The past two years the W. Dan Prince III Thanksgiving Eve Dinner has been a drive-through event. Courtesy of The Harvest Foundation.
The past two years tW. Dan Prince III Thanksgiving Eve Dinner has been a drive-through event. Courtesy of The Harvest Foundation.

Here’s a round-up of news briefs from around Southwest and Southside. Send yours for possible inclusion to

* * *

Dan Prince dinner returns to Martinsville

Volunteers are needed for the The past two years tW. Dan Prince III Thanksgiving Eve Dinner in Martinsville. Courtesy of The Harvest Foundation.
Volunteers are needed for the W. Dan Prince III Thanksgiving Eve Dinner in Martinsville. Courtesy of The Harvest Foundation.

The Harvest Youth Board has announced the return of the annual W. Dan Prince III Thanksgiving Eve Dinner. The dinner will take place on Wednesday, November 23, 2022, from 1-4 p.m. at Martinsville High School. The dinner, forced to move to a drive-through format the last two years because of the pandemic, will again welcome individuals for a hot meal in-person this year. 

(Disclosure: The Harvest Foundation, of which the youth board is a part, is one of our donors, but donors have no say in news decisions. See our policy).

The free, traditional Thanksgiving meal will be available for dine-in, carryout and delivery. Martinsville and Henry County community members wishing to order a meal for delivery should call (276) 730-9017 by Sunday, November 20, 2022. Individuals dining in or carrying out meals do not require reservations. The menu consists of a traditional Thanksgiving meal — turkey, green beans, mashed potatoes and gravy, corn, bread and a cookie.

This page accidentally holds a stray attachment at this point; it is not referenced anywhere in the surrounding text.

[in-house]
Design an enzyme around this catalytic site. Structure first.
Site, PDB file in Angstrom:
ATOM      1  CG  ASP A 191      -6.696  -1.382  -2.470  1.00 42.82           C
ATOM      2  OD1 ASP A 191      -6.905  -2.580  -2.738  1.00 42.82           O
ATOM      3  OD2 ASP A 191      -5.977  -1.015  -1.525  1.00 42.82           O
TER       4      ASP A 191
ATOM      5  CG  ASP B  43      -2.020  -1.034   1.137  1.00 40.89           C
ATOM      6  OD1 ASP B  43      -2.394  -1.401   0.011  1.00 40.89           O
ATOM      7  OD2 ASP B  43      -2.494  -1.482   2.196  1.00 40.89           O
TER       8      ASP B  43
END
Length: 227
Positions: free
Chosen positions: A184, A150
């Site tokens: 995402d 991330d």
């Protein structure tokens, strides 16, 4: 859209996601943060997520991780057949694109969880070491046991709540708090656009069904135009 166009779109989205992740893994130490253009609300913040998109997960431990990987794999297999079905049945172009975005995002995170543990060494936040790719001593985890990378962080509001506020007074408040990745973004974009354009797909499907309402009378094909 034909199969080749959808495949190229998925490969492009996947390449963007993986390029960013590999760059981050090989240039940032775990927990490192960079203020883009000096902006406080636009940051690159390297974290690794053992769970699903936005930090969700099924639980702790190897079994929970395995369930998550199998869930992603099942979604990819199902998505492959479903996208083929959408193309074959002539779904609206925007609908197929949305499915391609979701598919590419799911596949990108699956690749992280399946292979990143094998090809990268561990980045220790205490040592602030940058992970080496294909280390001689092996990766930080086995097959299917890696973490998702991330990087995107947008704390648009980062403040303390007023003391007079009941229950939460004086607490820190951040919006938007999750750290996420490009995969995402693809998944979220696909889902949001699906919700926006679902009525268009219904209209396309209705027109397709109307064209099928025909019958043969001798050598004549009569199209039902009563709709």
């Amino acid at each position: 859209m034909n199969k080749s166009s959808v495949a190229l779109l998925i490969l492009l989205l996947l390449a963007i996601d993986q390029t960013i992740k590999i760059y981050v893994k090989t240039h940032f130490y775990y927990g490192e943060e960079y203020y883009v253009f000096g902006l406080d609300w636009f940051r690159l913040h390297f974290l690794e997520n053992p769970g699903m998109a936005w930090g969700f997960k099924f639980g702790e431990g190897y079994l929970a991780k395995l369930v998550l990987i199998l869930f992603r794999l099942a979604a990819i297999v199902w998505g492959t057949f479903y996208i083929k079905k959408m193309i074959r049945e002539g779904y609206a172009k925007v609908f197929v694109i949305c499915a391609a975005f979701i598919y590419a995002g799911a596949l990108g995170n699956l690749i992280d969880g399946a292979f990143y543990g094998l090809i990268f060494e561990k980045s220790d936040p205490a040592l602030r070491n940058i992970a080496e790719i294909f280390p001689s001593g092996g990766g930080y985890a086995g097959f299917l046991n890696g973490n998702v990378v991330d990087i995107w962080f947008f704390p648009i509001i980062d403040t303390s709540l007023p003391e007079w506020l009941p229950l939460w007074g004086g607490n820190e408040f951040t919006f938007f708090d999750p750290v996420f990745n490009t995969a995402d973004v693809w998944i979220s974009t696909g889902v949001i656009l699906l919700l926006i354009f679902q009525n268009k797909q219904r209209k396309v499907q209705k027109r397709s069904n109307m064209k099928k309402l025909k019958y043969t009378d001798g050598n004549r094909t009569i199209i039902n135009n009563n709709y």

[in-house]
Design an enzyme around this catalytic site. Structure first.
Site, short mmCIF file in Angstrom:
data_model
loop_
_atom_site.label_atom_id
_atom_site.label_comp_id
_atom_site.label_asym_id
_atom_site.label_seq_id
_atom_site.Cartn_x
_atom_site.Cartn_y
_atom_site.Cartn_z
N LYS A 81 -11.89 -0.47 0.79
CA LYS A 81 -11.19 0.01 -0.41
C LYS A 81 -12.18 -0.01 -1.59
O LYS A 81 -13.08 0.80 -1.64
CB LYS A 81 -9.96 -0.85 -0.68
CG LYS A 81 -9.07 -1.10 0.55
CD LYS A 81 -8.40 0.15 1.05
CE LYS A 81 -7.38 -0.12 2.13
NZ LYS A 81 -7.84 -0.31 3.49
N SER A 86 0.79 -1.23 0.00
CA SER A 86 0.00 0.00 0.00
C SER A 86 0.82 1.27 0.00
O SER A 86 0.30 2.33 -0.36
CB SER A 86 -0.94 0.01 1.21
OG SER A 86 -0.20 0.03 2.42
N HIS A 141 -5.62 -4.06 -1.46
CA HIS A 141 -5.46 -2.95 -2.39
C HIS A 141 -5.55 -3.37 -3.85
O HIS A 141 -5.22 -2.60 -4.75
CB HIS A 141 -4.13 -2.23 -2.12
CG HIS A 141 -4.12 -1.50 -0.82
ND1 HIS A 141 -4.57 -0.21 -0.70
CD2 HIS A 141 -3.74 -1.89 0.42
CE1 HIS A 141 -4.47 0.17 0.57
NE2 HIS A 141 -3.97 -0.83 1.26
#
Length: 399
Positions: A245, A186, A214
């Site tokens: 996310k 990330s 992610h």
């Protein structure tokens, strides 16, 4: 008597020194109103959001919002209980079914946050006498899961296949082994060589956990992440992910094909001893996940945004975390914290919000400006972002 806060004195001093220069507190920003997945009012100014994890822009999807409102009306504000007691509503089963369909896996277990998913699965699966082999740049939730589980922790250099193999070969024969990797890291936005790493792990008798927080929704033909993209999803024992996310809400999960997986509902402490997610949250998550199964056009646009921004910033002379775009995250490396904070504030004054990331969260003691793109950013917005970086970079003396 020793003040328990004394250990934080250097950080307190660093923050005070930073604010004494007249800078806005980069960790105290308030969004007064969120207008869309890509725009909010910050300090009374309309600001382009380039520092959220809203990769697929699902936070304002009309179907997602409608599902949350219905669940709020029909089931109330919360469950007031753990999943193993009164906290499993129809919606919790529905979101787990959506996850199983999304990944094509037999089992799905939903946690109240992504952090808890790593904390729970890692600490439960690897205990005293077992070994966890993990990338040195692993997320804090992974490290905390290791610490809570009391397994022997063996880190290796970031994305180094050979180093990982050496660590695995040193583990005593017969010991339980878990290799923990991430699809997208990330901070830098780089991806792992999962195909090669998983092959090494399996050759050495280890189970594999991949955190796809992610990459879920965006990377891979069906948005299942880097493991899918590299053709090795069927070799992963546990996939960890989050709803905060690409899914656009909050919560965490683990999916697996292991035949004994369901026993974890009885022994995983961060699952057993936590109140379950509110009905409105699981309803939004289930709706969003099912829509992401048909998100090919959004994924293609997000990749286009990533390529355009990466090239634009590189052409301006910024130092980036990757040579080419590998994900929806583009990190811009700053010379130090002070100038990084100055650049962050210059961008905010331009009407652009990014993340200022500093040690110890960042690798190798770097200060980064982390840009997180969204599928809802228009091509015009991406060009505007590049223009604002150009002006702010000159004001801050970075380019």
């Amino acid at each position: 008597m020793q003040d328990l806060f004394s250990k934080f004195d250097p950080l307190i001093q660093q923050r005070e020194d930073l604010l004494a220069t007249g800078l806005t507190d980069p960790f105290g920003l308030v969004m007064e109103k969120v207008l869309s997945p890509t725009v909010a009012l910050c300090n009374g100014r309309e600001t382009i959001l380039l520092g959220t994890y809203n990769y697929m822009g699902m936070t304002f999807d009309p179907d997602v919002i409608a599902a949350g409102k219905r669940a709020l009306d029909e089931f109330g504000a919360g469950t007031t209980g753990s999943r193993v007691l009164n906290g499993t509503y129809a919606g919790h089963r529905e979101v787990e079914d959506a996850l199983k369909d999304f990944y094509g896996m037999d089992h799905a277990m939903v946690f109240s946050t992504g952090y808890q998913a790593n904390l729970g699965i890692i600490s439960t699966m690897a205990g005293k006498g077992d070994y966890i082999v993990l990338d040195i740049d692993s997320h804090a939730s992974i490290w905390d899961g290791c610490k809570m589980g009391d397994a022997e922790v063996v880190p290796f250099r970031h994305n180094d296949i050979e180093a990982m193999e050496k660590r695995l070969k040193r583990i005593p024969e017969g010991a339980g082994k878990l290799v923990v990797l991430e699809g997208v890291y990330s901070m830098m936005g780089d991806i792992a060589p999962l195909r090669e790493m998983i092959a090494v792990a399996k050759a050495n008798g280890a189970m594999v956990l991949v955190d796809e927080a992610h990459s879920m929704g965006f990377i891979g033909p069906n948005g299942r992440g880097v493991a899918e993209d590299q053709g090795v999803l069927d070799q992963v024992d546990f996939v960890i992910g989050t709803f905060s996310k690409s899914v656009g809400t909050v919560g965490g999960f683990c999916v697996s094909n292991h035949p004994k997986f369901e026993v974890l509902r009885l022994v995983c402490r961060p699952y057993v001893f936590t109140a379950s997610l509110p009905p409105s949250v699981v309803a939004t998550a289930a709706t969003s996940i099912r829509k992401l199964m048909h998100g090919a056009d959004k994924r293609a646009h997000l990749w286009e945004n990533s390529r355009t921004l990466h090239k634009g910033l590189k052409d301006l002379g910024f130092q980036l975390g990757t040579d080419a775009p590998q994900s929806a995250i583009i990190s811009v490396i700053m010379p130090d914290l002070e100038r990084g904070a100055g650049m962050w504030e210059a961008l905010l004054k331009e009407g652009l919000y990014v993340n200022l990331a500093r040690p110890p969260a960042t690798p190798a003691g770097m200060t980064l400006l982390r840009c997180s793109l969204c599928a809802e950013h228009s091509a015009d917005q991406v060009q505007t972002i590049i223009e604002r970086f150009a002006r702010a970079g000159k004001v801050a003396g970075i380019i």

This year, families with children under 12 will receive a free book. The Harvest Youth Board wanted to find a way to include the current board’s focus on literacy with the annual Thanksgiving Eve meal.

The W. Dan Prince III Thanksgiving Eve Dinner has served more than 10,000 meals since 2016 with the help of hundreds of volunteers. The meal serves as a signature event for the Harvest Youth Board.

The board is also seeking volunteers for the event. Volunteer duties include cooking, serving and delivering meals. Delivery drivers must be 18 years and older. Individuals who want to volunteer can visit to register. Volunteer registration closes on November 16, 2022. However, volunteers, especially delivery drivers, can join in on the action on the day of the event.  

 To find out more about the Harvest Youth Board, visit

* * *

USDA makes more than $700,000 in grants

The U.S. Department of Agriculture has awarded more than $700,000 in grants to localities in Southwest Virginia, according to releases from Rep. Morgan Griffith, R-Salem, and Sens. Mark Warner and Tim Kaine, both D-Virginia. They are:

  • $250,000 to the Town of Hillsville for the completion of the fifth phase of its farmers market.
  • $200,000 to Grayson County for the purchase of two sanitation vehicles.
  • $105,000 to the Town of Richlands to create a revolving loan fund that will serve as a recruitment and retention tool for micro- and small businesses.
  • $93,700 to the Town of Coeburn for the purchase of a backhoe for the public works department.
  • $50,000 to the Alleghany Highlands YMCA for the purchase of two vans.